She had never taught them to be kind to her.”
“We had been assured by our elders that intelligence was a family trait. All my kin and fore bears were people of substance or remarkable intellect, though somehow none of them had prospered in the world. Too bookish, my grandmother said with tart pride, and Lucille and I read constantly to forestall criticism, anticipating failure. If my family were not as intelligent as we were pleased to pretend, this was an innocent deception, for it was a matter of indifference to everybody whether we were intelligent or not. People always interpreted our slightly formal manner and our quiet tastes as a sign that we wished to stay a little apart. This was a matter of indifference, also, and we had out wish.”
“She would have considered already the fact that I had never made a friend in my life. Until recently, neither had she. We had really never had any use for friends or conventional amusements. We had spent our lives watching and listening with the constant sharp attention of children lost in the dark. It seemed that we were bewildering lost in a landscape that, with any light at all, would be wholly familiar. What to make of sounds and shapes, and where to put our feet. So little fell upon our senses, and all of that was suspect.”
“Abandoned homesteads like this one were rare, however, so perhaps all the tales of perished settlers were at root one tale, carried off one every direction the way one cry of alarm is carried among birds through the whole of the woods and even the sky. It might have been this house that peopled all these mountains. When it broke it might have cast them invisibly into the wind, like spores, thousands from one drab husk, or millions, for there was no reason to believe that anyone ever had heard all the tales of unsheltered folk that were in these mountains, or that anyone ever would.”
“Because, once alone, it is impossible to believe that one could ever have been otherwise. Loneliness is an absolute discovery. When one looks from inside at a lighted window, or looks from above at the lake, one sees the image of oneself in a lighted room, the image of oneself among trees and sky-the deception is obvious, but flattering all the same. When one looks from the darkness into the light, however, one sees all the difference between here and there, this and that.”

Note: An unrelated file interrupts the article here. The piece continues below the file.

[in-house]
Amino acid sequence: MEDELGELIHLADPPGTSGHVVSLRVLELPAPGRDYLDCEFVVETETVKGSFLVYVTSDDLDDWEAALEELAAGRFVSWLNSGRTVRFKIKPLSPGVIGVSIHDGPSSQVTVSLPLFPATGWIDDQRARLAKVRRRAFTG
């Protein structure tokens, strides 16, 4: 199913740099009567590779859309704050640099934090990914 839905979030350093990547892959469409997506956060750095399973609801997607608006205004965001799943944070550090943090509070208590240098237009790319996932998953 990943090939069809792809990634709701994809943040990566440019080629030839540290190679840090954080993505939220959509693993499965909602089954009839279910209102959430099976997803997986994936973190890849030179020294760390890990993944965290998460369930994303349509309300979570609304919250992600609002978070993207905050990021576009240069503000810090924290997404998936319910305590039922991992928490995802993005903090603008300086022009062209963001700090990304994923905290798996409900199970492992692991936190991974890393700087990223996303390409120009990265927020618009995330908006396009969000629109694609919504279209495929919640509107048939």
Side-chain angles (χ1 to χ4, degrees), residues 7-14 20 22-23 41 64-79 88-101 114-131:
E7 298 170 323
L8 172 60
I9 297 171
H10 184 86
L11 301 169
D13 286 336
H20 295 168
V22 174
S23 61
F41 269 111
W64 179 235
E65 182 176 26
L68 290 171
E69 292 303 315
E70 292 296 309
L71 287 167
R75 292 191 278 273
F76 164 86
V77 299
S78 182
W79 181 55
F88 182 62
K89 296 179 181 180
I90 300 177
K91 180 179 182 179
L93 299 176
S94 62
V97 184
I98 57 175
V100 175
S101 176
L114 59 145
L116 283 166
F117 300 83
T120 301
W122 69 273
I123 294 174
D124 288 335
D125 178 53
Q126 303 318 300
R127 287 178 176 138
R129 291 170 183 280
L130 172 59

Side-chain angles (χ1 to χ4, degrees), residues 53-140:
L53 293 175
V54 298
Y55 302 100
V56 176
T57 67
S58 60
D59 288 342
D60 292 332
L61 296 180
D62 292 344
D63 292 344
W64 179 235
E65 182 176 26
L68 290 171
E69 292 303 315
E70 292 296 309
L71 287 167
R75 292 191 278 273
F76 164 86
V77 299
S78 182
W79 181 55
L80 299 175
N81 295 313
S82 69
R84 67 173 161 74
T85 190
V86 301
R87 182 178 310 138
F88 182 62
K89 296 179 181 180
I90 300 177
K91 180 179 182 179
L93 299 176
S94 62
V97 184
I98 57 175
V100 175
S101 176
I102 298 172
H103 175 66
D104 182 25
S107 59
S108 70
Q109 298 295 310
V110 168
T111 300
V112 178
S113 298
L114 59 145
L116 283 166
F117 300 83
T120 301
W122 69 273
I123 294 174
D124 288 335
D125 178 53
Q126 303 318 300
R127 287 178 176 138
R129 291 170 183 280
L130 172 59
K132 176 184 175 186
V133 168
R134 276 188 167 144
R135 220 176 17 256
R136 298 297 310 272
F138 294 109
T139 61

“What is thought, after all, what is dreaming, but swim and flow, and the images they seem to animate? The images are the worst of it. It would be terrible to stand outside in the dark and watch a woman in a lighted room studying her face in a window, and to throw a stone at her, shattering the glass, and then to watch the window knit itself up again and the bright bits of lip and throat and hair piece themselves seamlessly again into that unknown, indifferent woman. It would be terrible to see a shattered mirror heal to show a dreaming woman tucking up her hair. And here we find our great affinity with water, for like reflections on water our thoughts will suffer no changing shock, no permanent displacement. They mock us with their seeming slightness. If they were more substantial-if they had weight and took up space-they would sink or be carrier away in the general flux. But they persist, outside the brisk and ruinous energies of the world. I think it must have been my mothers plan to rupture this bright surface, to sail beneath into very blackness, but here she was, wherever my eyes fell, and behind my eyes, whole and in fragments, a thousand images of one gesture, never dispelled but rising always, inevitably, like a drowned woman.”
“I cannot taste a cup of water but recall that the eye of the lake is my grandfather’s, and that the lake’s heavy, blind, encumbering waters composed my mother’s limbs and weighed her garments and stopped her breath and stopped her sight. There is remembrance, and communion, altogether human and unhallowed. For families will not be broken. Curse and expel them, send their children wandering, drown them in floods and fires, and old women will make songs out of all these sorrows and sit in the porches and sing them on mild evenings. Every sorrow suggests a thousand songs, and every song recalls a thousand sorrows, and so they are infinite in number, and all the same.”